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Oamaru police yesterday announced, after a five-month investigation, that a 40-year-old man had been charged with careless driving causing the death of Mr Hubbard (83) and careless driving causing injury to Mr Hubbard's wife, Jean (82).
Police yesterday identified the man charged as being from South Otago, but later confirmed it was the man who was driving the other vehicle involved in the collision.
That man was Andy Earl, of Richmond, but living in South Otago.
He has been summonsed to appear in Dunedin District Court on Friday.
Oamaru Sergeant Jason McCoy said the charges were laid after a thorough and robust investigation.
"As the case is now before the court, police are unable to provide any further details about the crash investigation," he said.
The investigation had been subject to peer review, prosecution review and had been reviewed by police management.
The crash happened on State Highway 1, at Hilderthorpe, about 8km north of Oamaru, about 1pm on September 2.
Mrs Hubbard was driving their hatchback south when there was a head-on collision with a four-wheel-drive utility and trailer being driven north by Mr Earl.
Mr Earl could not be contacted yesterday.
At the time Mr Earl, a self-employed plasterer and tiler, said he could not remember anything about the collision.
Mrs Hubbard also said she could not remember the crash.
In the days after the crash, Mr Earl's wife Janelle said he had been in Otago for a week and was returning to Nelson early.
She said he had no memory of the collision but called her from the scene to let her know what had happened.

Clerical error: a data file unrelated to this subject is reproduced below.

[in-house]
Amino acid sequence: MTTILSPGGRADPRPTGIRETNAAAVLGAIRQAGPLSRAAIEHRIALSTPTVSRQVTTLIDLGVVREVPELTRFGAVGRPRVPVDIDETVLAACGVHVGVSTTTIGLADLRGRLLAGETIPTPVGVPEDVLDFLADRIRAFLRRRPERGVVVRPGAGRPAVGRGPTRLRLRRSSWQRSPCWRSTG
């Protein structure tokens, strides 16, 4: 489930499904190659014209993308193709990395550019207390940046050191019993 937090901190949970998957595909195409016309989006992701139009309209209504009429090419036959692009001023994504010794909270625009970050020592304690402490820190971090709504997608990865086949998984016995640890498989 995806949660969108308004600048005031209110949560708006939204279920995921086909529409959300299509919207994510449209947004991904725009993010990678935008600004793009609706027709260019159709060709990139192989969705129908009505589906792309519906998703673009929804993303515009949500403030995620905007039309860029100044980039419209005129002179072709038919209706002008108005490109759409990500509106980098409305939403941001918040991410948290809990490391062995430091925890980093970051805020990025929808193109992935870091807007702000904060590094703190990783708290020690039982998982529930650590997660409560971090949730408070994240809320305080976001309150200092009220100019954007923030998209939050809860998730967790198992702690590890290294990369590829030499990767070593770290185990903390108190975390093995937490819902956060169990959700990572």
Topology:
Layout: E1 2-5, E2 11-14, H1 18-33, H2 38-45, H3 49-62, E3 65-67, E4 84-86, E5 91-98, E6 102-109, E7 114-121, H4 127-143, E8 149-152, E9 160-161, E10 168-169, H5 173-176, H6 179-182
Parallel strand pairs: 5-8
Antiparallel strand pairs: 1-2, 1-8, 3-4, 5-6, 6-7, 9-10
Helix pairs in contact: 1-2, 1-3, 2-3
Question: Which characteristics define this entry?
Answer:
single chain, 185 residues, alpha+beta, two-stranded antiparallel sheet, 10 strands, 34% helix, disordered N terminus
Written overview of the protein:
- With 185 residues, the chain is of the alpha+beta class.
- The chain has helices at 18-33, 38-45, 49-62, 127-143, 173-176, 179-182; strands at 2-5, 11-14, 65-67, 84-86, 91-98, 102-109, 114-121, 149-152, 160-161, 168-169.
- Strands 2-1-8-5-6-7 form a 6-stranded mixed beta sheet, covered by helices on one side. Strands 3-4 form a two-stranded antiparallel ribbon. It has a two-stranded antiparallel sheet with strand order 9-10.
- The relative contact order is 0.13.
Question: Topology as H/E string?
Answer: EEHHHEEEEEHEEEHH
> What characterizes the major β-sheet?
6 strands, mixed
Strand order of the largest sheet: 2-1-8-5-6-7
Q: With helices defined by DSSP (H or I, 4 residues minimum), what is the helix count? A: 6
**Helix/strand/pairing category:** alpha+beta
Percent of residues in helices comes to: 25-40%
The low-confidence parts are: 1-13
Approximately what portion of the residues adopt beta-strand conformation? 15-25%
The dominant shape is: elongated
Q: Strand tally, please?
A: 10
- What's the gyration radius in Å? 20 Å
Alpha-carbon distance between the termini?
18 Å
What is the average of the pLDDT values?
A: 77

Mr Earl spent about an hour after the crash at Oamaru Hospital and was discharged. He later criticised it for lack of treatment. He was admitted to Nelson Hospital two days later and diagnosed with a broken sternum.
He later said he was having "flashbacks" of the crash and could remember lying on the road trying to breathe.
He said a witness about 150m behind the crash had assured him he had nothing to worry about and Mrs Hubbard had apologised to him while at Oamaru Hospital.
At the time of the crash, Mr Hubbard's company, Aorangi Securities, was being investigated by the Serious Fraud Office. Aorangi Securities was placed in statutory management in June 2010, owing investors up to $100 million. The Serious Fraud Office laid 50 charges against Mr Hubbard under the Crimes Act, but those were dropped shortly after his death.
Mrs Hubbard was also removed from statutory management.
The police announcement of charges over the crash emerged on the day a case against five people connected with South Canterbury Finance returned to Timaru District Court. Each denies 21 charges in connection with allegedly fraudulent transactions of about $1.7 billion.